Mumbai Food: Versova pop-up to serve modern Tibetan spread

Nov 27, 2018, 17:20 IST | Shunashir Sen

A pop-up in Versova will serve a modern Tibetan spread that's a rare treat for Mumbaikars

Mumbai Food: Versova pop-up to serve modern Tibetan spread
Ema datshi

Sunlight is streaming into Esha Sahor Lepcha’s cosy living room, which overlooks the expansive Gulmohar Garden in the nether regions of Versova. A copy of The Dhammapada — a collection of the Buddha’s sayings — is lying atop a pile of books on a table, revealing her religious beliefs. This is where she will host a pop-up tonight serving modern Tibetan food, a cuisine that is thoroughly underserved in Mumbai.

There is in fact only one restaurant worth its salt — Sernyaa in Oshiwara — that does similar dishes. It is, not so coincidentally, run by Lepcha’s uncle. “They have a black sauce there that you won’t find anywhere else. But every time I ask my uncle about how it’s made, he says, ‘Oh, it’s just beans.’ I guess he wants to keep the secret to himself,” she laughs.

Kaalo daal maasu
Kaalo daal maasu

We, however, are here to coax some of the secrets behind Lepcha’s own cooking out of her. Her journey in the kitchen, she tells us, started when she was around eight years old, when her family would sit stuffing momos together, and would hold strings of flour in a line for her mother to turn into homemade noodles. “The kitchen soon became my favourite part of the house,” Lepcha says, adding that her culinary exploits flowered further after she turned 13, when her father was transferred to Mumbai from Kolkata.

Their ancestry, though, lies in Sikkim, and it’s the flavours of that region that she now brings to the table after deciding to host pop-ups last year. The cuisine of the northeastern Indian state is borrowed heavily from Tibet, where, in turn, a fair amount of Chinese influence has crept in since the two countries, Lepcha says, are basically like two sisters always fighting with each other.

Sepen
Sepen

“In the old days, the food was so simple that if you saw a vegetable growing in the garden, you’d simply pluck it and put it in boiling water. Or if you had, say, a rack of lamb, you’d just roast it over a fire. But now, a modern Tibetan meal would reflect the Chinese, Nepalese and Indian influences,” Lepcha says, before telling us that her own menu, too, is a similarly hybrid one.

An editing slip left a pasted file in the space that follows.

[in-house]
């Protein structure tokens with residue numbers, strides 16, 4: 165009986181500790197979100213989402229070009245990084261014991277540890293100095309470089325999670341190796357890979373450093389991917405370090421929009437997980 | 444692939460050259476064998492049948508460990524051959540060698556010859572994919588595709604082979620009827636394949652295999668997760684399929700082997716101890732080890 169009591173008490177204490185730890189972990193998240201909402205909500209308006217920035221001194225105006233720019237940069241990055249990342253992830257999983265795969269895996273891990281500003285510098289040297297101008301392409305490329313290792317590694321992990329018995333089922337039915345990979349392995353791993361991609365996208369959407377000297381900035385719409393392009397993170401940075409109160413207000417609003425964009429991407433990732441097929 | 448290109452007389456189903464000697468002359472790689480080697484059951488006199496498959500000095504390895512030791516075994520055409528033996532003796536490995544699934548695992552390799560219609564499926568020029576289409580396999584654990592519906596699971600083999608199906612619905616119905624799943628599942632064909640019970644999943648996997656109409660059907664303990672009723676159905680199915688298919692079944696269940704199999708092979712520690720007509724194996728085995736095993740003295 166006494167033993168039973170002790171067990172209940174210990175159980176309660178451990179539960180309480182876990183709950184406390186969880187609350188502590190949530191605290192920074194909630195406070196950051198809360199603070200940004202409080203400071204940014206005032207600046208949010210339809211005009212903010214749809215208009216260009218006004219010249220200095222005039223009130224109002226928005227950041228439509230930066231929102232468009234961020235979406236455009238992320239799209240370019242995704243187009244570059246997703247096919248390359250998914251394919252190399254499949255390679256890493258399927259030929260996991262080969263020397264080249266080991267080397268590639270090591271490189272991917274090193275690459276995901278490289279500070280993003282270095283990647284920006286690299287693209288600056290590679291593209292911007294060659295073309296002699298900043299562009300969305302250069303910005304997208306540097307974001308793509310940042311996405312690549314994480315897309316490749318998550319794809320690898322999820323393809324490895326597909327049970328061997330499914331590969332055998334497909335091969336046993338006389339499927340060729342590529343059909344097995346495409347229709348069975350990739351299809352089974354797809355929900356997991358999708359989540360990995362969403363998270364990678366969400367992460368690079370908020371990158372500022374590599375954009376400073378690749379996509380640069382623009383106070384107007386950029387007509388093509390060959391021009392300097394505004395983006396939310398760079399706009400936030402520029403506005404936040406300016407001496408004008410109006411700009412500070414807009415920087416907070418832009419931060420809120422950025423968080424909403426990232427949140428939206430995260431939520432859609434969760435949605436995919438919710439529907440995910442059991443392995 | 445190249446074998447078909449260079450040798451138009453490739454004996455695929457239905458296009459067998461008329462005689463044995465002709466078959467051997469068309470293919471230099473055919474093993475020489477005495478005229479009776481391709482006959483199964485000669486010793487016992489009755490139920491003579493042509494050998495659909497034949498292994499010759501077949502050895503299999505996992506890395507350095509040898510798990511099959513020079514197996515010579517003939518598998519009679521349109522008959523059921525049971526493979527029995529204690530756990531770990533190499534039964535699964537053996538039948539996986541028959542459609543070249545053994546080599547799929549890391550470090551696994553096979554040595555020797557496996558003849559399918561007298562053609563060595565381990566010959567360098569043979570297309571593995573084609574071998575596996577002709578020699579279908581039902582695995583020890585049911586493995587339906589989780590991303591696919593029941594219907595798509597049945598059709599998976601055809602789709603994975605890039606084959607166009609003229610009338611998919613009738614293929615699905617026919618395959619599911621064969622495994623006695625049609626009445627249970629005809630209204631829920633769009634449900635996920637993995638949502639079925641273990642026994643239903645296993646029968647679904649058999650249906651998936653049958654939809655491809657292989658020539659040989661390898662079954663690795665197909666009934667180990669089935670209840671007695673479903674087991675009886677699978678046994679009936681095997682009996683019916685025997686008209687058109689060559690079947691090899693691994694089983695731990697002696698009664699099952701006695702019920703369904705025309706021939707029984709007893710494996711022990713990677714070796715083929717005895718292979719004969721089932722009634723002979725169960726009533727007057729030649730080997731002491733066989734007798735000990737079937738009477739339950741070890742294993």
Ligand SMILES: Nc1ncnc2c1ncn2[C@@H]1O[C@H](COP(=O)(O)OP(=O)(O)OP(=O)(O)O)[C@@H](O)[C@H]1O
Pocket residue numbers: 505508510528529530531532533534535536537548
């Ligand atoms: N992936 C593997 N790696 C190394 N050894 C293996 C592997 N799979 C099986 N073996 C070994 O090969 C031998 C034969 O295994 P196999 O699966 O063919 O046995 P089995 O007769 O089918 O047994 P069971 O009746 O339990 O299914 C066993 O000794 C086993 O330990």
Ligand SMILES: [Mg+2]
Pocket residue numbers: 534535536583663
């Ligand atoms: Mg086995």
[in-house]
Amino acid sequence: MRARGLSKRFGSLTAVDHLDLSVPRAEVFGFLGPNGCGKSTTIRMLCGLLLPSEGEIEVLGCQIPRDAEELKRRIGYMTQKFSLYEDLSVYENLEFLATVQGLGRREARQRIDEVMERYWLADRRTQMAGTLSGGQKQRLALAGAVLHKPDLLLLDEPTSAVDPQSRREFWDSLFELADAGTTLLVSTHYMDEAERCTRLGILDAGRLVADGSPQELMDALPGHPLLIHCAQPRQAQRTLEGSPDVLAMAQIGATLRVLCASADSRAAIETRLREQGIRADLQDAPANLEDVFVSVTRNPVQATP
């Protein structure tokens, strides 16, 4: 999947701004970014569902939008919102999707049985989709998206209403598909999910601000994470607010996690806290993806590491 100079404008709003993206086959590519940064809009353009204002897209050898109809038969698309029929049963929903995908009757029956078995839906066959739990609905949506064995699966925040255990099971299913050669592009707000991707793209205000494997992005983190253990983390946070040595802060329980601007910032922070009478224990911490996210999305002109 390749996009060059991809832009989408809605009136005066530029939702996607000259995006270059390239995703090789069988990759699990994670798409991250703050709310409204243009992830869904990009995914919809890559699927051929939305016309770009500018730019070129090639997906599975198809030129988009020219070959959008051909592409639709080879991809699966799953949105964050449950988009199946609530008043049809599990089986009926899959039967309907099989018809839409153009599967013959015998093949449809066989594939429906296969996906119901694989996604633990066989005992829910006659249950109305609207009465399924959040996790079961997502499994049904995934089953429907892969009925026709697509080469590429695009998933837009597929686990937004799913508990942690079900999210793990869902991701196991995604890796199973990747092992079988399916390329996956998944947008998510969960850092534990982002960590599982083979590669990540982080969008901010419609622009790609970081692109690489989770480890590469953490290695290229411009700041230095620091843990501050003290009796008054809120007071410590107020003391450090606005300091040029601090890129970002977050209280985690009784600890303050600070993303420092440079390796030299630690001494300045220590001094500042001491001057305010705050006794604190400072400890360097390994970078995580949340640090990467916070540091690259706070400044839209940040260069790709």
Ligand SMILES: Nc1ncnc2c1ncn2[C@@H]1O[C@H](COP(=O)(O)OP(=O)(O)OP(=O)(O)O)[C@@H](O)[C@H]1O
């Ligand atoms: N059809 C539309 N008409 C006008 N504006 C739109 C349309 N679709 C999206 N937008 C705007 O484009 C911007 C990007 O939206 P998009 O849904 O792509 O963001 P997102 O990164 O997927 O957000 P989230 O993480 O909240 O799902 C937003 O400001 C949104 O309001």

It starts with a welcome drink of suja, or butter tea, accompanied with sampla. “Hardly anyone here knows about suja, an everyday staple in the Northeast,” the home chef says, informing us that sampla is a sweet dollop of barley that balances out the savoury tea. That done, the meal begins with a serving of vegetarian momos — which have an unusual filling of bottle gourd — and sha phaley, a deep-fried meat pie normally stuffed with pork or beef mince, but for which Lepcha uses chicken keeping the Mumbai palate in mind. The main course follows next, and if you are vegetarian, you might as well stop reading from here onwards.

Braised chicken
Braised chicken

For, Lepcha was clear from the beginning that she wouldn’t compromise on meat at her pop-ups. So, there is a mix of chicken and pork dishes that vary between authentic Tibetan recipes and those that the chef picked up from the Chinese community in Kolkata. But the one she is clearly most enthused about is ema datshi, which is essentially a pungent chilli and cheese curry served with rice.

“It’s the subtlest item on the table and you won’t feel the heat in it because the chillies that are used are broad,” she says, adding that ema datshi is also the national dish of Bhutan. Then there is kaalo daal maasu, a Tibetan favourite where lentils and meat are cooked together, and a few dishes of Chinese origin in the form of chilly pork with mustard leaves, meatball soup, and braised chicken.

Esha Sahor Lepcha in her kitchen
Esha Sahor Lepcha in her kitchen

There are actually two vegetarian dishes too — shogog khatsa, a hotter version of dum aloo, and thentuk, a soup mixed with hand-pulled noodles. But these are more token additions, since meat remains at the core of this culinary experience that, like we said earlier, you’d be hard-pressed to replicate in Mumbai.

In fact, forget Lepcha’s lavish spread. There is such a woeful lack of Tibetan cuisine that it’s difficult to find even a decent momo here. There’s Sernyaa. There is Suraj Lama’s stall in Versova. And that, really, is all.

On Tonight, 7.30 pm
At Lila Apartments, Versova, Andheri West.
Log on to authenticook.com
Cost Rs 1,250

Tibet on a plate
If you miss Lepcha’s pop-up, head to Sernyaa, a hole-in-the-wall kind of joint in Oshiwara that serves an extensive list of authentic Tibetan dishes.
Time 11.30 am to 12 am
At 185, Oshiwara Link Road, Andheri Lokhandwala, Andheri West.
Call 65741005

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